If getting organized is part of your New Year's resolutions, you are probably planning to go from room to room getting rid of what you no longer need and updating areas that look tired and worn out. Your goal is to make practical use of your living space and create a more welcoming environment for your family.
The same can be true for your estate plan. While organizing your home, you may find it useful to take some time to refresh your will, trust and other important documents. Depending on how long it has been since you reviewed these plans, it may be an urgent matter.
Your estate plan is not a stagnant document
As much of a challenge as it may have been to muster the time, energy and state of mind to create your estate plan, you may be disappointed to know that most plans will need a review every few years. If you have had a major life change, which is not uncommon, you may need to look at your plan to ensure it is up to date and reflects the latest changes in your life.
The problem with failing to revisit your estate plan as time passes it that your assets and beneficiaries may change. Additionally, Ohio and federal laws regarding taxes or estate plans may also change, perhaps leaving you unprepared and your family unprotected. Some common events that may render your estate plan obsolete include the following:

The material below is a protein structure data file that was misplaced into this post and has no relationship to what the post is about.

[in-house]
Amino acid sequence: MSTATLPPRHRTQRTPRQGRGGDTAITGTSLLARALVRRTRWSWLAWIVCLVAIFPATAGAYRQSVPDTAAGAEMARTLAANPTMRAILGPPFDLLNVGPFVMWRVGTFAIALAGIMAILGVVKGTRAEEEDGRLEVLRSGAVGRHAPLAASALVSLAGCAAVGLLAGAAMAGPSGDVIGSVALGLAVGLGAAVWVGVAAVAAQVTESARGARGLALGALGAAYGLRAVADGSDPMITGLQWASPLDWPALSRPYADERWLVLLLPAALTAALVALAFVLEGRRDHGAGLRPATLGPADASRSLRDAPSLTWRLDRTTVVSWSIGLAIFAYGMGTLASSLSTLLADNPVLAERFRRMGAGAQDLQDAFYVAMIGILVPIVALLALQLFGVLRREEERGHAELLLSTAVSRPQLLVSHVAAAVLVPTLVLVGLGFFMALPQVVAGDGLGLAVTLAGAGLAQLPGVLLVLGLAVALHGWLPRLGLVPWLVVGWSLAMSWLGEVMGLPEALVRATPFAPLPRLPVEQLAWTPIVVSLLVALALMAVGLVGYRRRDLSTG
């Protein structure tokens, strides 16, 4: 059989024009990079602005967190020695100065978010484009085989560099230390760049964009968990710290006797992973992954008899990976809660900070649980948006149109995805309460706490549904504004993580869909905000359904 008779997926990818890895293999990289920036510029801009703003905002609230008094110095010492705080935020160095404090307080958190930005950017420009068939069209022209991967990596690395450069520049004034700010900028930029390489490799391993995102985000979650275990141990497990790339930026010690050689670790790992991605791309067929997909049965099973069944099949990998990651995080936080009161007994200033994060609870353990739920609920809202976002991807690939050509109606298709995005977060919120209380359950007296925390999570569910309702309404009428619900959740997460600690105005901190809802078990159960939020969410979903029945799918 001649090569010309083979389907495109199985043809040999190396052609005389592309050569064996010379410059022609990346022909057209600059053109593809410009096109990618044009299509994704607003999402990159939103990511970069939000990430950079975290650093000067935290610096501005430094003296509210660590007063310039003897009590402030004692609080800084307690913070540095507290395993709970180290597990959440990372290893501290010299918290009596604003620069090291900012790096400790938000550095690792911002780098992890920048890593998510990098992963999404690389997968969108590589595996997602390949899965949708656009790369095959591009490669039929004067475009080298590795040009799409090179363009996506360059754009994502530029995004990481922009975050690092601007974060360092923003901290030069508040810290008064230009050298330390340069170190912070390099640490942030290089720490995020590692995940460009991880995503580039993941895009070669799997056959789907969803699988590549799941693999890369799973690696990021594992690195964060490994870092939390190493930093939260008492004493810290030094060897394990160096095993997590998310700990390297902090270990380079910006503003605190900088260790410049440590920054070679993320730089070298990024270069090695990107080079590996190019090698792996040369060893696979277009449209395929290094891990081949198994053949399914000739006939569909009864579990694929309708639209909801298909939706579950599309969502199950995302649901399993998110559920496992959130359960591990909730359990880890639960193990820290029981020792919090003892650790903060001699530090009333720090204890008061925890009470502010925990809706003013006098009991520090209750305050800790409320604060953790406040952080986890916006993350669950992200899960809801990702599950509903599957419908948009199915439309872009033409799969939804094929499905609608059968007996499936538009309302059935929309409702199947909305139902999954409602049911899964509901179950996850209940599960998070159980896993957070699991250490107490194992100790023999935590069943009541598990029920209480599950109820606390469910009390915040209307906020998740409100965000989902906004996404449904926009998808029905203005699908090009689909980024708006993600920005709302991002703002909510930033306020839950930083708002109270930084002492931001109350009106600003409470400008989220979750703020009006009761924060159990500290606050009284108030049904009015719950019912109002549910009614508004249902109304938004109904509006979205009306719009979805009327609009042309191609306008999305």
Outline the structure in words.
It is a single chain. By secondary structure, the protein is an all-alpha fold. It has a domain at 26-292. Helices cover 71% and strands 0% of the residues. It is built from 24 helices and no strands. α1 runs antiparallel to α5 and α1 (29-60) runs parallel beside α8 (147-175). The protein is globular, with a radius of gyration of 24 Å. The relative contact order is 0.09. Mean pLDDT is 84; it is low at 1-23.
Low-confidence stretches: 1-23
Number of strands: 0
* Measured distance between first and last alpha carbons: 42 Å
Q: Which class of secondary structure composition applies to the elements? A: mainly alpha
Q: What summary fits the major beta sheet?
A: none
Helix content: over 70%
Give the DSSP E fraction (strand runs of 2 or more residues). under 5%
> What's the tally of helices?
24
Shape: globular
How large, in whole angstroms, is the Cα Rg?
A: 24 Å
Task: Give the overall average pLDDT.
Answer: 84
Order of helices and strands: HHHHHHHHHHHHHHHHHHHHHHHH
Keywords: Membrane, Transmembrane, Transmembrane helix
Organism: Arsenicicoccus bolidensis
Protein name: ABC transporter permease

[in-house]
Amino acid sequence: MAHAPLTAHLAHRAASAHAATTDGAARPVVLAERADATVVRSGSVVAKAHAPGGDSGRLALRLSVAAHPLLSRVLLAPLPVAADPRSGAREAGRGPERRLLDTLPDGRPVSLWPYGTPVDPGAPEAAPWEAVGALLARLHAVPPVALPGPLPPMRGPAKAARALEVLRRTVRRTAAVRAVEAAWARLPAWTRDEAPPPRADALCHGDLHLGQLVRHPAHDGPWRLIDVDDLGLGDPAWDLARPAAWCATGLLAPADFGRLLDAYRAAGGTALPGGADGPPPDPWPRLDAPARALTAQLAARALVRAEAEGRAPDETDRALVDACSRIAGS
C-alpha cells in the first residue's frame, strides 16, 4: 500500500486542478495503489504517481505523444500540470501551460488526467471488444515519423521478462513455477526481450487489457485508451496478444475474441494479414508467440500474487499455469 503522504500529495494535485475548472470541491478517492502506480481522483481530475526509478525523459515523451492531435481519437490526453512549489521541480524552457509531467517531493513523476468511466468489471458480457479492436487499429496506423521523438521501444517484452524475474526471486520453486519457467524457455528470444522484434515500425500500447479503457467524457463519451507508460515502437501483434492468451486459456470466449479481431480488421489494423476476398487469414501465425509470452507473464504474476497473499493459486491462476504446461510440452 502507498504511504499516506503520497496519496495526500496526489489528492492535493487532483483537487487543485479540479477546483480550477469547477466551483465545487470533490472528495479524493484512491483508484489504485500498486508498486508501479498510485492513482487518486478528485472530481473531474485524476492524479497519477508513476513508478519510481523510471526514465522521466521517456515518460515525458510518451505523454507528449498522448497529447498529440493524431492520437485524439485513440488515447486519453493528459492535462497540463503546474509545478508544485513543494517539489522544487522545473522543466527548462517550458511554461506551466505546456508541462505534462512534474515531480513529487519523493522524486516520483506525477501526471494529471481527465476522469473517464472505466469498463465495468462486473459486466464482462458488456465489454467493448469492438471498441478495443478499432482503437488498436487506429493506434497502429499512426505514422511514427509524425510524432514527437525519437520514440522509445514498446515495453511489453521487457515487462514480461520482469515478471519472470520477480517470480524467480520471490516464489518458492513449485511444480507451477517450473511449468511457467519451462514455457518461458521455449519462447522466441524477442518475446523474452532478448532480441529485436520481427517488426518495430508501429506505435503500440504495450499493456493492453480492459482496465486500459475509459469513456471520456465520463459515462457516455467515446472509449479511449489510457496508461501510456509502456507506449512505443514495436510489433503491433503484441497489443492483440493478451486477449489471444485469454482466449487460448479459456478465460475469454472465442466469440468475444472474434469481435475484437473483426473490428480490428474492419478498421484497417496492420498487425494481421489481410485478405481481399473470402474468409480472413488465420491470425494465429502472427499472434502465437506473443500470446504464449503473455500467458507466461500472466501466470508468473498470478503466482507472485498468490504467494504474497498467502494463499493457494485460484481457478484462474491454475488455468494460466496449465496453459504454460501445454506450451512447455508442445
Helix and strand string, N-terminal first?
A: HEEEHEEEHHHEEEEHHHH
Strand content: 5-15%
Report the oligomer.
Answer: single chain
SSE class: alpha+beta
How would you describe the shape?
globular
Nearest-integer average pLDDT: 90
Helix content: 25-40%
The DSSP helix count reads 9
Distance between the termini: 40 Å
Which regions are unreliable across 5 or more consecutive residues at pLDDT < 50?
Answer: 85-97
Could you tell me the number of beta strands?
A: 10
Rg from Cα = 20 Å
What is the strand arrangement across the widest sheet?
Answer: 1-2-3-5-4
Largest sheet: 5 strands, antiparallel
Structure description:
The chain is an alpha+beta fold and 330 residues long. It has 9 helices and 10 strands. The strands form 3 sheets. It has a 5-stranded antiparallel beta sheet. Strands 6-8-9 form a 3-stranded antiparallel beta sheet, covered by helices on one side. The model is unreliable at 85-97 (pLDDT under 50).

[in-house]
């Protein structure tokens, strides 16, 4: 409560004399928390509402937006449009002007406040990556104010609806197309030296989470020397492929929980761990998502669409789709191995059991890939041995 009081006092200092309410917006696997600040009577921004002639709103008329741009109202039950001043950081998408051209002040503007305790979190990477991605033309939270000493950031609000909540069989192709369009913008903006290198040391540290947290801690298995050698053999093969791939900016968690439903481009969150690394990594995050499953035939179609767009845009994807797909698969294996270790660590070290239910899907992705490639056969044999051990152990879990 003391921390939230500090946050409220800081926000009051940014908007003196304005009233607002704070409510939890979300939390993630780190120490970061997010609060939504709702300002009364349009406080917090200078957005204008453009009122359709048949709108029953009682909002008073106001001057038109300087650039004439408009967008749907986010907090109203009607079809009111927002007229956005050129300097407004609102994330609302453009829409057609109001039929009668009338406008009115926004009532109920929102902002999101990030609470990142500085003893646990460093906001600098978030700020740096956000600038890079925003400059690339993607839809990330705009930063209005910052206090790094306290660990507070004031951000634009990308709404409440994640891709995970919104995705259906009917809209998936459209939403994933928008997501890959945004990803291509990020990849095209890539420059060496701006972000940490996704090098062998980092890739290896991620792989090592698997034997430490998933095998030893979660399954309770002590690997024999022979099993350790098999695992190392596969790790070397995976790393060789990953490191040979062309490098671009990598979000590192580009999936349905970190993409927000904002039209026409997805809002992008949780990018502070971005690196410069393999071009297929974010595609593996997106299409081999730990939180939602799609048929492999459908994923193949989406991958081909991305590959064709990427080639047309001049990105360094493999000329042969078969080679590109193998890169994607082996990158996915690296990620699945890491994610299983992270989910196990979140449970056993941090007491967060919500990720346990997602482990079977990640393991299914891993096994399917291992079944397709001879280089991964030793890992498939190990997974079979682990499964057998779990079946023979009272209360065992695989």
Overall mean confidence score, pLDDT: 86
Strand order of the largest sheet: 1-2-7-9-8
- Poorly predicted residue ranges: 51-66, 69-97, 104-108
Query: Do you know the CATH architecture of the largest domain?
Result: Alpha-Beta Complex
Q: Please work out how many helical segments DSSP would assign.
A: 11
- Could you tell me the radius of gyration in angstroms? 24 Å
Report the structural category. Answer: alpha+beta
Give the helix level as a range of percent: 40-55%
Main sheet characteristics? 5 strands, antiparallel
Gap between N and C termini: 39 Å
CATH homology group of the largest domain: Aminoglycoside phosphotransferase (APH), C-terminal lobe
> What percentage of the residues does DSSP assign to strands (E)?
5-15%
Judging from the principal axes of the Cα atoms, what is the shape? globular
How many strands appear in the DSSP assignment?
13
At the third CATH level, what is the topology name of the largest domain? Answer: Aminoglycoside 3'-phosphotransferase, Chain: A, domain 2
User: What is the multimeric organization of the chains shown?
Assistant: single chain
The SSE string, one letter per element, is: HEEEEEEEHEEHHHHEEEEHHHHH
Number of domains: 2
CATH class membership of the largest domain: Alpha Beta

- You move into or out of Ohio, which means your estate plan, including powers of attorney and medical directives, will be subject to the laws of your new state.
- You purchase a vacation home in another state or sell property you listed as an asset in your will or trust.
- You lose a beneficiary, either through divorce or death, and leaving those beneficiary designations unchanged may cause confusion and complication after your death.
- You welcome new people into your family, such as a new spouse, son- or daughter-in-law, child, or grandchild, whom you want to include as a beneficiary.
- You decide to disinherit someone who has disappointed you, betrayed you or become estranged from the family.
- You retire, lose your job, sell your business or have another change of fortune that alters the scope of your estate.
- Those you have chosen as trustees or executors are no longer appropriate for the roles.
You may also simply change your mind. It is not unreasonable to reach a stage in life when your interests turn to more charitable causes. You may wish to divide your estate differently to satisfy your goals. At any time you face a change in life that affects your estate plan, you would be wise to seek the advice of your attorney to learn the best course of action to keep your plans vibrate and complete.